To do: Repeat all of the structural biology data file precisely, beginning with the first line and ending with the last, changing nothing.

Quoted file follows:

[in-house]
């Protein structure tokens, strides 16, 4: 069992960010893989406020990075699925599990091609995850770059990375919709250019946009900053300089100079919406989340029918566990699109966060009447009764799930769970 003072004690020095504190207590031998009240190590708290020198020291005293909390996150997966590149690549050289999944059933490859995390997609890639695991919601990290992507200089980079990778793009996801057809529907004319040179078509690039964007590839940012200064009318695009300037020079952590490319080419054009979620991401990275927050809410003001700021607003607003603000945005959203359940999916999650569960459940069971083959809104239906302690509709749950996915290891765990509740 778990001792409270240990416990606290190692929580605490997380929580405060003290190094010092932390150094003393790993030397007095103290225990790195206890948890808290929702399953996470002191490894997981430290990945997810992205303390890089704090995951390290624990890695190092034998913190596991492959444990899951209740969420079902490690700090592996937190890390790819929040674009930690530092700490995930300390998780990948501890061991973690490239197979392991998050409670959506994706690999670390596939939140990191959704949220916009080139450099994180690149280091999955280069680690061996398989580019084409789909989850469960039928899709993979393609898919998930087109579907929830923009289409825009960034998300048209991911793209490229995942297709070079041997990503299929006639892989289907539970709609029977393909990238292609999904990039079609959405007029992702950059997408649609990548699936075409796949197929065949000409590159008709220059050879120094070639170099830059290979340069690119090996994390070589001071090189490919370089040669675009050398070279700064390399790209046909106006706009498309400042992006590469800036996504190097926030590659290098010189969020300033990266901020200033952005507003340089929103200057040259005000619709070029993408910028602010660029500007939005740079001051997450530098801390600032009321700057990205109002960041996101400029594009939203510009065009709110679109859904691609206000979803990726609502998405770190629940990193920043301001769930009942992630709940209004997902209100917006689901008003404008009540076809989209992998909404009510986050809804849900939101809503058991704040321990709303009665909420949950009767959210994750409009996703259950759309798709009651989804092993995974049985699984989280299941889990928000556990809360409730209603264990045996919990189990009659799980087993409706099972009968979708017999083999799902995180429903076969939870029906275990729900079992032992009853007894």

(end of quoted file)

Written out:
[in-house]
């Protein structure tokens, strides 16, 4: 069992960010893989406020990075699925599990091609995850770059990375919709250019946009900053300089100079919406989340029918566990699109966060009447009764799930769970 003072004690020095504190207590031998009240190590708290020198020291005293909390996150997966590149690549050289999944059933490859995390997609890639695991919601990290992507200089980079990778793009996801057809529907004319040179078509690039964007590839940012200064009318695009300037020079952590490319080419054009979620991401990275927050809410003001700021607003607003603000945005959203359940999916999650569960459940069971083959809104239906302690509709749950996915290891765990509740 778990001792409270240990416990606290190692929580605490997380929580405060003290190094010092932390150094003393790993030397007095103290225990790195206890948890808290929702399953996470002191490894997981430290990945997810992205303390890089704090995951390290624990890695190092034998913190596991492959444990899951209740969420079902490690700090592996937190890390790819929040674009930690530092700490995930300390998780990948501890061991973690490239197979392991998050409670959506994706690999670390596939939140990191959704949220916009080139450099994180690149280091999955280069680690061996398989580019084409789909989850469960039928899709993979393609898919998930087109579907929830923009289409825009960034998300048209991911793209490229995942297709070079041997990503299929006639892989289907539970709609029977393909990238292609999904990039079609959405007029992702950059997408649609990548699936075409796949197929065949000409590159008709220059050879120094070639170099830059290979340069690119090996994390070589001071090189490919370089040669675009050398070279700064390399790209046909106006706009498309400042992006590469800036996504190097926030590659290098010189969020300033990266901020200033952005507003340089929103200057040259005000619709070029993408910028602010660029500007939005740079001051997450530098801390600032009321700057990205109002960041996101400029594009939203510009065009709110679109859904691609206000979803990726609502998405770190629940990193920043301001769930009942992630709940209004997902209100917006689901008003404008009540076809989209992998909404009510986050809804849900939101809503058991704040321990709303009665909420949950009767959210994750409009996703259950759309798709009651989804092993995974049985699984989280299941889990928000556990809360409730209603264990045996919990189990009659799980087993409706099972009968979708017999083999799902995180429903076969939870029906275990729900079992032992009853007894």